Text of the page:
Neighbors, Partners, Enemies: Jews and the Monasteries of Germany in the High Middle Ages

Doctoral Dissertation


German-speaking lands in the twelfth and thirteenth centuries were home to the largest Jewish communities north of the Alps and Pyrenees and thus constituted key locations for Christian-Jewish interaction. This dissertation examines the monasteries of Germany" the primary centers of intellectual and cultural production in the high medieval Empire" as loci for that interaction. It explores both the social/economic and the cultural aspect of contact between monks and Jews. In the process, it challenges traditional interpretations of Christian-Jewish relations and helps to fill in the picture of the lives and activities of monks in this period. The study proceeds in three parts. Part one, comprising the first three chapters, examines the political context wherein Jews and monks interacted before investigating evidence of contact between Jews and monks in the social and economic spheres. This evidence demonstrates that Jewish communities and monasteries occupied similar political positions in this society" due to their mutual reliance on the institution of privilege" and that they engaged frequently in business dealings with each other. Part two (chapters 4-6) turns its attention to the intellectual and cultural realm, examining ideas about Jews that circulated in the monasteries. While monks obtained many of these ideas from patristic works and other earlier sources, they actively developed and modified these ideas in ways that spoke to contemporary concerns. The last part, consisting of the final chapter, examines the issue of Jewish conversion to Christianity. This issue, perhaps better than any other, forced monks to deal with both real Jews and cultural constructions of Jews. This dissertation contends that the definitive attribute of monastic-Jewish interaction in this period was ambivalence. Real interactions were quite normal, even friendly, yet the ideas about Jews that monks developed were largely, though with some important exceptions, hostile. Such a characterization calls into question prevalent explanations of Jewish-Christian interaction, which tend to emphasize escalating hostility and uniformity ideas across regions and institutions.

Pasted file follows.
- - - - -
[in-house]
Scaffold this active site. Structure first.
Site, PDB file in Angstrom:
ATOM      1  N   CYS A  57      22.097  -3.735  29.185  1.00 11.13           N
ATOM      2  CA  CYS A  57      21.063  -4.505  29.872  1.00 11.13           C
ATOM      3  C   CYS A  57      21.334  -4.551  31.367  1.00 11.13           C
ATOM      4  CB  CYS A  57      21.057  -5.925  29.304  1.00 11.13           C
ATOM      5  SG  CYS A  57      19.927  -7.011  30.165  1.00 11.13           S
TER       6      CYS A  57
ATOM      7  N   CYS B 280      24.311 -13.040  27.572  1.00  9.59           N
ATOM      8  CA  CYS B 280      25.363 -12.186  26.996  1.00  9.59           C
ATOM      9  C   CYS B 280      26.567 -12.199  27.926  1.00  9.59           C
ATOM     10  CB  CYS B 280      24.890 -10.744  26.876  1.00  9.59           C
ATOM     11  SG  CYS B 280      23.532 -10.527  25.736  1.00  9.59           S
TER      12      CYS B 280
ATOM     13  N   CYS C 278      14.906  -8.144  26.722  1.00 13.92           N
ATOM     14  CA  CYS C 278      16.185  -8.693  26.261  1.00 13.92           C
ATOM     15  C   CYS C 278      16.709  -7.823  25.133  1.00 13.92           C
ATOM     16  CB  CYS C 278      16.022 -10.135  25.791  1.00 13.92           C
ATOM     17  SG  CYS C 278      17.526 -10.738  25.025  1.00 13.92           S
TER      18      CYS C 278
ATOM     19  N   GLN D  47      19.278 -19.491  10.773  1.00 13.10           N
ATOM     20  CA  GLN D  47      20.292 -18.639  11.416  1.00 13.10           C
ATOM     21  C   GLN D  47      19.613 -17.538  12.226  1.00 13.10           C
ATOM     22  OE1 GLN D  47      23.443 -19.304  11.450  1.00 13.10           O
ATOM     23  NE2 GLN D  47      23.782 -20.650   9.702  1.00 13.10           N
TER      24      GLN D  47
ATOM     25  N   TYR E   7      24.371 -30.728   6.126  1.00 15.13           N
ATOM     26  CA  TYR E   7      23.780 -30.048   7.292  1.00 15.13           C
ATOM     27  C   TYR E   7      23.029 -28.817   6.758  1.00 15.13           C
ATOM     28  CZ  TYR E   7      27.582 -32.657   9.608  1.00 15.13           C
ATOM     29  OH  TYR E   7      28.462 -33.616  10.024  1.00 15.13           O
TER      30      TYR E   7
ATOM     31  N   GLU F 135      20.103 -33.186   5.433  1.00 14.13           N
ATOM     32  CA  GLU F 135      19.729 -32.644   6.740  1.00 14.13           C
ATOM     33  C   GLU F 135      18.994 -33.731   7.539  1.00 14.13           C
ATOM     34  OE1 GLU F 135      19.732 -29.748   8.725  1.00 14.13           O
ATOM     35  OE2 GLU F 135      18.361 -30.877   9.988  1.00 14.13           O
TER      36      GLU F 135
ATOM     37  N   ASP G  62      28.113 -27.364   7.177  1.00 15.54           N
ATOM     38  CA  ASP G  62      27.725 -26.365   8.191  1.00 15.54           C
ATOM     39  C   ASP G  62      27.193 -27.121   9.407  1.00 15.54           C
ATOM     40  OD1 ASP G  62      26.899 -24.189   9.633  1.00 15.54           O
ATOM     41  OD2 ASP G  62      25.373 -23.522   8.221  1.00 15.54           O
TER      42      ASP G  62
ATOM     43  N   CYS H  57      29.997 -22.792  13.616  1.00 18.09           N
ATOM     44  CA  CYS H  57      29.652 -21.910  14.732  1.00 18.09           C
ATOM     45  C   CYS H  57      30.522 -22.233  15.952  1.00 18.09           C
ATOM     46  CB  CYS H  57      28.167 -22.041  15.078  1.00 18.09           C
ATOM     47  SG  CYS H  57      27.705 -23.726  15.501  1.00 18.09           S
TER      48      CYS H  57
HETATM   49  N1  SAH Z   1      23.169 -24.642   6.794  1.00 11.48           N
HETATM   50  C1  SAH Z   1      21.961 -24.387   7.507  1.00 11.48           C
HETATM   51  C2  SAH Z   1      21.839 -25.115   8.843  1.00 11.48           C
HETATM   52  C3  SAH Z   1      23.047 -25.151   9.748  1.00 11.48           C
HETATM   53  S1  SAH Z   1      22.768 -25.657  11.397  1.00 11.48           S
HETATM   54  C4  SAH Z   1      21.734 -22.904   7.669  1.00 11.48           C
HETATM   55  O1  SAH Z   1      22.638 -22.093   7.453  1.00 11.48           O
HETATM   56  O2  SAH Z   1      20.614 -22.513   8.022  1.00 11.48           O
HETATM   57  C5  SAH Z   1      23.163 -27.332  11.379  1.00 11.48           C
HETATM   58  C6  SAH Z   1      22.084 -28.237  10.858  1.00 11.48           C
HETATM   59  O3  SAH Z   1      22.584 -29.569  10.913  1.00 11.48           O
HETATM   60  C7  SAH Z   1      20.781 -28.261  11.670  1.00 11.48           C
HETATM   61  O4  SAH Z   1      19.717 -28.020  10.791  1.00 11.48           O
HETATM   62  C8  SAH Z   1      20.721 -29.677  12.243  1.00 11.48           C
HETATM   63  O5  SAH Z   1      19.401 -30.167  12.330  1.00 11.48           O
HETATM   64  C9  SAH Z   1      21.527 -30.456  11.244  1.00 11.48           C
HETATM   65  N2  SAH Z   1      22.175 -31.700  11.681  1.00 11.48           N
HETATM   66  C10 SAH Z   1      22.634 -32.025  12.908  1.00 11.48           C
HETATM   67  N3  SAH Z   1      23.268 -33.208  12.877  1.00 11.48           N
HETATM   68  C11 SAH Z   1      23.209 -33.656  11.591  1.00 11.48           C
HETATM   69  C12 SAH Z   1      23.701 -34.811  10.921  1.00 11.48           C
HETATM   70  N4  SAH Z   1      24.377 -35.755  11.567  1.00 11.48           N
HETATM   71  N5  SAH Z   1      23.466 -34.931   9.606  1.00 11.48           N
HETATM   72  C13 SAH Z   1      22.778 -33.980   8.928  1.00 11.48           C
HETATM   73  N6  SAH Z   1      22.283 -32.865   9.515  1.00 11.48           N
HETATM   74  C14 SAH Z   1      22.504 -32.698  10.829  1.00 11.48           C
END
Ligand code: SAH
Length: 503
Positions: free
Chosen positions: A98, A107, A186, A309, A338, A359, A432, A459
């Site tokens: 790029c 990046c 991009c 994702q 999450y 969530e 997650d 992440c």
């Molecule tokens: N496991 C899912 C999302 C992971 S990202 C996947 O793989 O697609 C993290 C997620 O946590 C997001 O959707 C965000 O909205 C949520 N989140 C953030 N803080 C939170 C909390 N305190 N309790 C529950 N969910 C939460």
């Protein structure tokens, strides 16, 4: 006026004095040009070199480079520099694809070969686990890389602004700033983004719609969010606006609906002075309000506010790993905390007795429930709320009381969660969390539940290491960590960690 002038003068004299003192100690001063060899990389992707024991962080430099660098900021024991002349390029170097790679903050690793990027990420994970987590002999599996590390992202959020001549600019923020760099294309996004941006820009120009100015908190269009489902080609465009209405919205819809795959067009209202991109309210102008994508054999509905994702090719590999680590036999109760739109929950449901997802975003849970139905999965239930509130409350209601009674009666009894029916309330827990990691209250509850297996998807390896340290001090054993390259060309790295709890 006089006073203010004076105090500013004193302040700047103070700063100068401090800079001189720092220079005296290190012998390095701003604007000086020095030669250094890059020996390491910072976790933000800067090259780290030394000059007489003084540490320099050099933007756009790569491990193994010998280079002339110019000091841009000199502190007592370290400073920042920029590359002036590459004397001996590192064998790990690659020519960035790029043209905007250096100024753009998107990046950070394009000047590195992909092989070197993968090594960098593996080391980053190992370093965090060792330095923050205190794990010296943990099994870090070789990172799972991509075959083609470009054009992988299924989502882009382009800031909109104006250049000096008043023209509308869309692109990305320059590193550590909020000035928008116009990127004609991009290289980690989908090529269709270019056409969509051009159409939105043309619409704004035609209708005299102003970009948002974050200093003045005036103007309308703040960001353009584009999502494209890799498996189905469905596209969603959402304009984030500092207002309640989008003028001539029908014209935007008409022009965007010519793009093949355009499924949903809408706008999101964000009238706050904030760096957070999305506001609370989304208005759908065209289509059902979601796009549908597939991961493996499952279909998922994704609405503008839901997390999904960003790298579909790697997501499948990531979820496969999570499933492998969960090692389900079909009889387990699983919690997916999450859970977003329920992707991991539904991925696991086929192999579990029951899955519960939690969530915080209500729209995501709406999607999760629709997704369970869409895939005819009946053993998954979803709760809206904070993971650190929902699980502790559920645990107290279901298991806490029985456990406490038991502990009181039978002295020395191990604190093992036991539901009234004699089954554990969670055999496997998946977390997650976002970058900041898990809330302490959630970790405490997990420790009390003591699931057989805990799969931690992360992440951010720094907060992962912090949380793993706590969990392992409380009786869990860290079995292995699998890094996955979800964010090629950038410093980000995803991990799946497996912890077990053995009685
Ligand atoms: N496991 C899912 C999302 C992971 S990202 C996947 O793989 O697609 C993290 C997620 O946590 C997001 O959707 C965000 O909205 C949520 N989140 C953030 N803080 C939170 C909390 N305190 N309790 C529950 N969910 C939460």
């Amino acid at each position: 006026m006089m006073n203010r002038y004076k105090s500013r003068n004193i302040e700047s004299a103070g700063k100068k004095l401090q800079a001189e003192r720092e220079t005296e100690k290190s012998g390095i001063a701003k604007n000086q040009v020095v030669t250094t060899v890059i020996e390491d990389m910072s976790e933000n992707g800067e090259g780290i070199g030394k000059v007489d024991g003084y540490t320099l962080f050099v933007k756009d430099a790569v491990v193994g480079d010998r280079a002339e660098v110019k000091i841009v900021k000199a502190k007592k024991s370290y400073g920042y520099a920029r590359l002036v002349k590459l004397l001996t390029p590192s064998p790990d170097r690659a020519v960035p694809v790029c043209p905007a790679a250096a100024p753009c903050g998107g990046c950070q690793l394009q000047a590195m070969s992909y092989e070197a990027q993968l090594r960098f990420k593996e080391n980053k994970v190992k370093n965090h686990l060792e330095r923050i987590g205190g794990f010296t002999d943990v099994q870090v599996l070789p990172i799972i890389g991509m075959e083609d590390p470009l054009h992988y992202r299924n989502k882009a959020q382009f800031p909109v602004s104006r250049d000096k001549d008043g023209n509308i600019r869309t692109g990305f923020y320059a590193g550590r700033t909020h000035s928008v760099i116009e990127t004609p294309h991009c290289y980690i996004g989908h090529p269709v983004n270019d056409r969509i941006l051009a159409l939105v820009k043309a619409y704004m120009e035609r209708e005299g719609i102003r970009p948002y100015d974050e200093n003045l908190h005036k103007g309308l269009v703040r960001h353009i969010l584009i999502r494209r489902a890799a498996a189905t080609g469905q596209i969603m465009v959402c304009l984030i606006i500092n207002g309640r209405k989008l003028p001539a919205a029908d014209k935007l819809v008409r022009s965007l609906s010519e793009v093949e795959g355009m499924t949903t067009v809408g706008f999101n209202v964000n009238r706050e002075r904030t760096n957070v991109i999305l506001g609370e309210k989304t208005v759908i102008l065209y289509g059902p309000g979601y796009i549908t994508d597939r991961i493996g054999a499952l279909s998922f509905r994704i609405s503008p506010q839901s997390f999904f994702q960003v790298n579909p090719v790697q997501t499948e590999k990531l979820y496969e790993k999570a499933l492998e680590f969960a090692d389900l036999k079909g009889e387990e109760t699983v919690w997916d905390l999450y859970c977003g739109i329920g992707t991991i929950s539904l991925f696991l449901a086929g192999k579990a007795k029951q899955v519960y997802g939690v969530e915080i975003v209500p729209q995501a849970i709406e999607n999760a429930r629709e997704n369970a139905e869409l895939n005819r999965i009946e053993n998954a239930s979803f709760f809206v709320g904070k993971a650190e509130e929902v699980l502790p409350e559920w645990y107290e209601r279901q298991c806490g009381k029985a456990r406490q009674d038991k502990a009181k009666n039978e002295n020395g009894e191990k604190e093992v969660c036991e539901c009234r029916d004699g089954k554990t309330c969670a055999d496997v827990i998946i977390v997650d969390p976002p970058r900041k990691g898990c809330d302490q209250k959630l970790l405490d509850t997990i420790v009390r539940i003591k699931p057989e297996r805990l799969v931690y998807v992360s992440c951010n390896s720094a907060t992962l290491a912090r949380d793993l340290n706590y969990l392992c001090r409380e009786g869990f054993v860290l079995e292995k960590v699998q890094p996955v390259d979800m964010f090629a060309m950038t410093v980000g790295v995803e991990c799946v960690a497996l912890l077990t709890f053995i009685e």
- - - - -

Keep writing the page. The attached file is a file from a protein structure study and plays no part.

Attribute NameValues
  • etd-09292011-132352

Author John D Young
Advisor John Van Engen
Contributor John Van Engen, Committee Chair
Contributor Ann W. Astell, Committee Member
Contributor Olivia Remie Constable, Committee Member
Contributor Michael S. Driscoll, Committee Member
Degree Level Doctoral Dissertation
Degree Discipline Medieval Studies
Degree Name PhD
Defense Date
  • 2011-08-26

Submission Date 2011-09-29
  • United States of America

  • Jewish-Christian relations

  • monasticism

  • medieval Germany

  • University of Notre Dame

  • English

Record Visibility Public
Content License
  • All rights reserved

Departments and Units


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